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Kreidler: cop’s wife spread rumors via school email

Townsend Town Administrator Jim Kreidler

TOWNSEND — Town Administrator James Kreidler filed a formal complaint against the North Middlesex Regional School District alleging that employees spread defamatory statements about him using school email addresses.

“My professional reputation is significantly and negatively impacted as a direct result of their writings and the widespread dissemination of their lies,” he wrote.

The complaint, filed April 2, alleges that Jennifer Reidy, a special education teacher at Varnum Brook Elementary School, led a coordinated campaign to defame and libel Kreidler by sending emails to other school employees, parents in the district, residents, and state offices, including the district attorney and attorney general.

Reidy did not respond to an email requesting comment.

By using her school account, Kreidler alleges Reidy broke “a number of policies” by seeking a letter of support for her husband, Townsend police Officer George Reidy, from the superintendent and high school principal about his position as the district’s school resource officer. She also reached out to the Mass Bar Association about legal assistance for him and to a television news reporter, including defamatory statements about Kreidler, Kriedler said.

Officer Reidy was the subject of a police internal affairs investigation last year that found he gave confidential information about a Pepperell Police Department case to a Townsend resident. He was placed on six months of unpaid leave after signing a statement acknowledging the incident and has not served in the schools since.

District employees Jessica Law, Michelle Chapel, Kerry McCarthy, Elizabeth Carbone, and Kristen St. Amand were named in the complaint for allegedly coordinating with Reidy.

Carbone wrote on June 21, 2017 that she gasped “in front of students” after Reidy told her in an email sent during the school day that a Townsend priest was moved to a different parish for writing a letter of support for former Chief Robert Eaton.

Kreidler’s assistant, Carolyn Smart, filed a records request for Reidy’s emails dating back to December 2016. All emails from town and school district employees using a designated employee email are public record.

Kreidler wrote that the school employees characterized his actions negatively, including how he “(represents) an unabashed abuse of power” and “(creates) a travesty of justice.”

He recalled receiving negative responses from other district employees, which he later realized may have been influenced by the emails.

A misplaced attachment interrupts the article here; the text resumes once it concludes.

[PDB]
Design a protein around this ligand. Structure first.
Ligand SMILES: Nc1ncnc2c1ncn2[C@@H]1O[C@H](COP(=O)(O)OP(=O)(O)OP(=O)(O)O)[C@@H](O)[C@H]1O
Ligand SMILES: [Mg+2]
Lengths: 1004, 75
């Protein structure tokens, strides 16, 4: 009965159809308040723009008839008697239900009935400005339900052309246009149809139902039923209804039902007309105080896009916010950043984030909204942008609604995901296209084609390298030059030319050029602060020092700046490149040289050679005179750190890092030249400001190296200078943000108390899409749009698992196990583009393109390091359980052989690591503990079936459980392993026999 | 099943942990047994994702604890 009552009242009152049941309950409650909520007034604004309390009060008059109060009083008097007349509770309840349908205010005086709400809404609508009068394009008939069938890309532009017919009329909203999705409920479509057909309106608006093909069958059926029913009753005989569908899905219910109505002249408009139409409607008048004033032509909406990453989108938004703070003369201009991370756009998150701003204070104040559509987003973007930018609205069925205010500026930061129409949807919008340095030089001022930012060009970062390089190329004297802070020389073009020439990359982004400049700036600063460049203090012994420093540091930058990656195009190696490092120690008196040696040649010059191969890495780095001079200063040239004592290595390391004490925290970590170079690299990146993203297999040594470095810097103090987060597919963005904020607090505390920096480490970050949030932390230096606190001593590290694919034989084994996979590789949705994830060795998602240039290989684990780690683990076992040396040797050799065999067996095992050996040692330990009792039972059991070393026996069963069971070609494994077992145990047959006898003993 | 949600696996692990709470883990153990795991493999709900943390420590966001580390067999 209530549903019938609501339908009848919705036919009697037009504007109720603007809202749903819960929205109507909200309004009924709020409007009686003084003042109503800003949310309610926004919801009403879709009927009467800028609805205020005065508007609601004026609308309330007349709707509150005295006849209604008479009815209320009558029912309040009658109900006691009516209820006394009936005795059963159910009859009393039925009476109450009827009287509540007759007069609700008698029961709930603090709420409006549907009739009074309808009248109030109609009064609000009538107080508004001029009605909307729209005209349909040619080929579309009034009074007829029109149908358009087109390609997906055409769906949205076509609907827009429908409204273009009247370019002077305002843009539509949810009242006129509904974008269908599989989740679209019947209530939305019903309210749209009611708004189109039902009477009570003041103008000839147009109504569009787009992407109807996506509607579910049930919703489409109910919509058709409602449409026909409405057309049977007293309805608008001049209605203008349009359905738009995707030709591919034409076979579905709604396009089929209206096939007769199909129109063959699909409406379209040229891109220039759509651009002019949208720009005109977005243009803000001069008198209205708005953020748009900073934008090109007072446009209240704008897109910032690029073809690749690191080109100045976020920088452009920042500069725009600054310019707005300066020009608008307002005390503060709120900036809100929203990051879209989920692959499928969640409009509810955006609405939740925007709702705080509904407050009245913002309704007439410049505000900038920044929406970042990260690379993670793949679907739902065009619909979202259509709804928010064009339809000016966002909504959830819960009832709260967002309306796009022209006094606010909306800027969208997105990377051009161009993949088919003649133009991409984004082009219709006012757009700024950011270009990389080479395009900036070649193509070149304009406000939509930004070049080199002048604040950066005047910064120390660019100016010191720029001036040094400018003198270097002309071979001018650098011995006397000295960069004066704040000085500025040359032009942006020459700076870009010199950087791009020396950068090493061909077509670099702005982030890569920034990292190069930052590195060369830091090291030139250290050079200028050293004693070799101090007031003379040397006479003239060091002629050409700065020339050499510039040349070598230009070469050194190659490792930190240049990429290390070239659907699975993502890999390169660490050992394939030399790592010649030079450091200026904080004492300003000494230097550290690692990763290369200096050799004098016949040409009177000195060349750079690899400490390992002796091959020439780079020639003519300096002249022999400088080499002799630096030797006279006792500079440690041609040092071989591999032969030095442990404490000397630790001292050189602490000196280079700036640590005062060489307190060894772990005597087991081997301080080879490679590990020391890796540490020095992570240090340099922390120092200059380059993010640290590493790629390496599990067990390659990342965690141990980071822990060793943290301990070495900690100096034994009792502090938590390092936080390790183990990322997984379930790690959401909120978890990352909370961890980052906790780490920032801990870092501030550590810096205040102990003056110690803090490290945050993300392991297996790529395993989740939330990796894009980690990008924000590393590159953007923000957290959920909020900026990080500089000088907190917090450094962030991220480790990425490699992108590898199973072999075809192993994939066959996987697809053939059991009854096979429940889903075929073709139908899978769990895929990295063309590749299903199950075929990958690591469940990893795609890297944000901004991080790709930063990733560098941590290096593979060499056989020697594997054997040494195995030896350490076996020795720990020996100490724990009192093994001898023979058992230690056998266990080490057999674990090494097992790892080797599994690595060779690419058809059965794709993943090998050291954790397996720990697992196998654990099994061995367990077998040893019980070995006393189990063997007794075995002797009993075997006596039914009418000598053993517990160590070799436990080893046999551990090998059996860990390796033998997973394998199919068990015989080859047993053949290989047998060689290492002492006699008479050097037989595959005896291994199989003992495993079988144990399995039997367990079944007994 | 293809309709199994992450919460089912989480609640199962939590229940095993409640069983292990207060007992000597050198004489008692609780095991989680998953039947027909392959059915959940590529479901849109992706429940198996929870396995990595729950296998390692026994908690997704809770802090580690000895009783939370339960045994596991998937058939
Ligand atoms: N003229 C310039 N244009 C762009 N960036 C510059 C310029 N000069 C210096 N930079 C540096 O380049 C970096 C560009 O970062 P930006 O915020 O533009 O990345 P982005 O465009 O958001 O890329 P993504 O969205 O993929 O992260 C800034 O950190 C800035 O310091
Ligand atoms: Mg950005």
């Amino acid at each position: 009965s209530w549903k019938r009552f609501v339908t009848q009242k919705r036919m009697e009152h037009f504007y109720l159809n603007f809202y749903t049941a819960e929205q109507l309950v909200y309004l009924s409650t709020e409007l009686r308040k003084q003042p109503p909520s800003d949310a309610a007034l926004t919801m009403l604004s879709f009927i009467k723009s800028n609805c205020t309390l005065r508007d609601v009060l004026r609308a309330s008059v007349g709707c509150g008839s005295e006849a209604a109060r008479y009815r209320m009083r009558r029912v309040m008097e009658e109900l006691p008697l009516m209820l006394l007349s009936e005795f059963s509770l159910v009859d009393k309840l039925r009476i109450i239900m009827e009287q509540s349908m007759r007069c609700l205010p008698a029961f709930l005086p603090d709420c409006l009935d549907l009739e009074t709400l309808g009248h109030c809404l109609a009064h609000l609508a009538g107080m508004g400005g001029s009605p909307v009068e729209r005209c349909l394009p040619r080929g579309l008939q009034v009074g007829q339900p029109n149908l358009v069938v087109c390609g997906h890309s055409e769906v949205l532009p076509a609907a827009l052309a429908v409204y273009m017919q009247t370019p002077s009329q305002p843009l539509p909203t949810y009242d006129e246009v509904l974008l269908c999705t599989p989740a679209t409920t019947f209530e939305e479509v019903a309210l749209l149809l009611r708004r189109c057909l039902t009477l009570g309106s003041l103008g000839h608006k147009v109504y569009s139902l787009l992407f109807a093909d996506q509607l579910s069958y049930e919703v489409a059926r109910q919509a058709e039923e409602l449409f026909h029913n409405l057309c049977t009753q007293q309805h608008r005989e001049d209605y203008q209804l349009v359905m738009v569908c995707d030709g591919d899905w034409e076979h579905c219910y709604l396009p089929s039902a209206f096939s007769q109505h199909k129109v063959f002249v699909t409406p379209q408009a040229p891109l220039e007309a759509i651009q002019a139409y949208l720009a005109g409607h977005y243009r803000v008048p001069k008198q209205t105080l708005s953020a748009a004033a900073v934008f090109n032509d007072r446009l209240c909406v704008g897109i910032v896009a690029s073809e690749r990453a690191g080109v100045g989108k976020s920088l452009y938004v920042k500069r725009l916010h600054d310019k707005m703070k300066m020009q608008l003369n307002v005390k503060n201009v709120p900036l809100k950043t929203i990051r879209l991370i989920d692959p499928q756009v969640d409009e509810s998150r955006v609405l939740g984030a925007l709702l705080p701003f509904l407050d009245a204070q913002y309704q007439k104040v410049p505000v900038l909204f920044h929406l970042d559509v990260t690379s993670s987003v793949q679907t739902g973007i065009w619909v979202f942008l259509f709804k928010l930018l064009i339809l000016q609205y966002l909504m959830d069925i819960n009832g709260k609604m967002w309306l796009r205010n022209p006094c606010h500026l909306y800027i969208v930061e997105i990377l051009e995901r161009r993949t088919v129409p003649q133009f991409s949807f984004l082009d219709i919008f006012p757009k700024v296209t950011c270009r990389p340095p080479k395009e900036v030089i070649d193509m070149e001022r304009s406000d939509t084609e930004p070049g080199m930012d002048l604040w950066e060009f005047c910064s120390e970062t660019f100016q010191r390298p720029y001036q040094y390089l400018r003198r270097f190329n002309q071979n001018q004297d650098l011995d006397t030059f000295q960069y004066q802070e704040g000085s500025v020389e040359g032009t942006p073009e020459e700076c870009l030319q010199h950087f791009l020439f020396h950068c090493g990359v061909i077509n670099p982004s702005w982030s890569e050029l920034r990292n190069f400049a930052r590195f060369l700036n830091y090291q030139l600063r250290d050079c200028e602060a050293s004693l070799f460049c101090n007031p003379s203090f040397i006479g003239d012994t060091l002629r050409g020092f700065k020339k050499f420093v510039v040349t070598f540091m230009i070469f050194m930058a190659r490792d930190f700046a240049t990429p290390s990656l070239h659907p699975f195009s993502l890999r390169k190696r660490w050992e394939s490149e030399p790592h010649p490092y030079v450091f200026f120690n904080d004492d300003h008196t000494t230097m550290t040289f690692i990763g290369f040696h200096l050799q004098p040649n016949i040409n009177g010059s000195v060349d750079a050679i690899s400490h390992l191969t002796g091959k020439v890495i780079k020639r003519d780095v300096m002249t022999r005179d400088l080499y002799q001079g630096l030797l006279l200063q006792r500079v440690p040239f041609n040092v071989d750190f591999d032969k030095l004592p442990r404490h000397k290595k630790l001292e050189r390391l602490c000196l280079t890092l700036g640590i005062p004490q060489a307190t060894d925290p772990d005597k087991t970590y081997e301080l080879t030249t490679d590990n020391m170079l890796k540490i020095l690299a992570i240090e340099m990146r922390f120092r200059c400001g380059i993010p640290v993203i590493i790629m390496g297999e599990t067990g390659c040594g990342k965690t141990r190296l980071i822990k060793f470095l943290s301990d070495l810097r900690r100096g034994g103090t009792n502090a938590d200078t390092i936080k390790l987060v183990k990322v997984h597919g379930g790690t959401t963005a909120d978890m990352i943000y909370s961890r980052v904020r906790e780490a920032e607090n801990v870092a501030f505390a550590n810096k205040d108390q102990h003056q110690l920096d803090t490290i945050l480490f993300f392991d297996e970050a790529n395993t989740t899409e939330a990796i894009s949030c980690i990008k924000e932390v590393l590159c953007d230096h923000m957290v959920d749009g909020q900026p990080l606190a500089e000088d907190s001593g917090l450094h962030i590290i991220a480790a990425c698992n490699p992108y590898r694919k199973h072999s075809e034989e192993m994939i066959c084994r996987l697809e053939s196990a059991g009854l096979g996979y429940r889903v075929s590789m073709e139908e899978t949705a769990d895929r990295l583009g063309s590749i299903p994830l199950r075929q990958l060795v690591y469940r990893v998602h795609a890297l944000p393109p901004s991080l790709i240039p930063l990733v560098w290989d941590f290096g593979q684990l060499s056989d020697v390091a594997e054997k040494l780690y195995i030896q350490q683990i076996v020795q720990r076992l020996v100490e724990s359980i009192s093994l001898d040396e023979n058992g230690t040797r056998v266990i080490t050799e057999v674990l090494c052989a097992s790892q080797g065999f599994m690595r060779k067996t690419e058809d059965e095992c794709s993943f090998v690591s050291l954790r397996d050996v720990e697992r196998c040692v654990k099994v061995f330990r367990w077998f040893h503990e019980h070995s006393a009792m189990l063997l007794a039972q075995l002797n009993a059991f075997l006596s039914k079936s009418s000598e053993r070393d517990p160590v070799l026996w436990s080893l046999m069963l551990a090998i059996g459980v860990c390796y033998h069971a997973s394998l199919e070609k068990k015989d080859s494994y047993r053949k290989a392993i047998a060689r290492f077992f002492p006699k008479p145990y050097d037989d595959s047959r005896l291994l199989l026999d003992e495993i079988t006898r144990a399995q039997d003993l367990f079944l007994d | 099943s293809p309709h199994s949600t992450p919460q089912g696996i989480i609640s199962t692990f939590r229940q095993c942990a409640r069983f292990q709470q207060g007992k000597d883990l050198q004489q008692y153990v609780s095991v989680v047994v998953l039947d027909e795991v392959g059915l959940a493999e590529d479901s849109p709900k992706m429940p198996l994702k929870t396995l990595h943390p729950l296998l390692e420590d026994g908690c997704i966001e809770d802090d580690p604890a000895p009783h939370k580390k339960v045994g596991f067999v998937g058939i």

He also disputed specific false statements made about him in the complaint.

They include claims in that Kreidler is trying to “systematically dismantle the police department” and that he released confidential police information related to an ongoing investigation.

Other statements Kreidler addressed are related to his work in Winchendon, including mistruths about how and why he left the position and his solar company’s business with the town.

In the complaint, he writes about a gag gift that he received from a former employee — a piece of pottery labeled “Ashes of Problem Employees” — that people have dubbed a “Jar of Souls” of the people he’s fired and a “testament to (his) goals and ideals.”

In addition to libel and defamation, Kreidler alleges that Reidy and others violated state conflict of interest law and at least 10 school district policies relating to emails, staff ethics, and conduct.

In an email dated Sept. 11, 2017, Reidy wrote to a woman outside the school district, “The DA and the AG want nothing to do with it. They just call it ‘small town politics’ or legal issues and give that as an excuse as to why they will do nothing. I even tried (Boston Mayor) Marty Walsh’s office as I really like him, but I can’t get past his mail opener, who again calls it a legal matter.”

Kreidler is seeking a written and public apology and statement from the employees involved and the school district that the claims are “all categorically false.”

When he first learned about the emails, Kreidler met with Superintendent Joan Landers.

She initially planned to make a public statement denouncing the emails, Kreidler said, but she stepped back and said the district would handle it as a personnel matter. Landers did not respond to requests for comment.

About two weeks ago, Officer Reidy was asked to leave the high school after showing up to work detail, Kreidler said. Townsend police has had a rotating detail at the school since August in place of a school resource officer.

Police Chief Robert Bailey declined to comment about the incident, citing it as a personnel matter.

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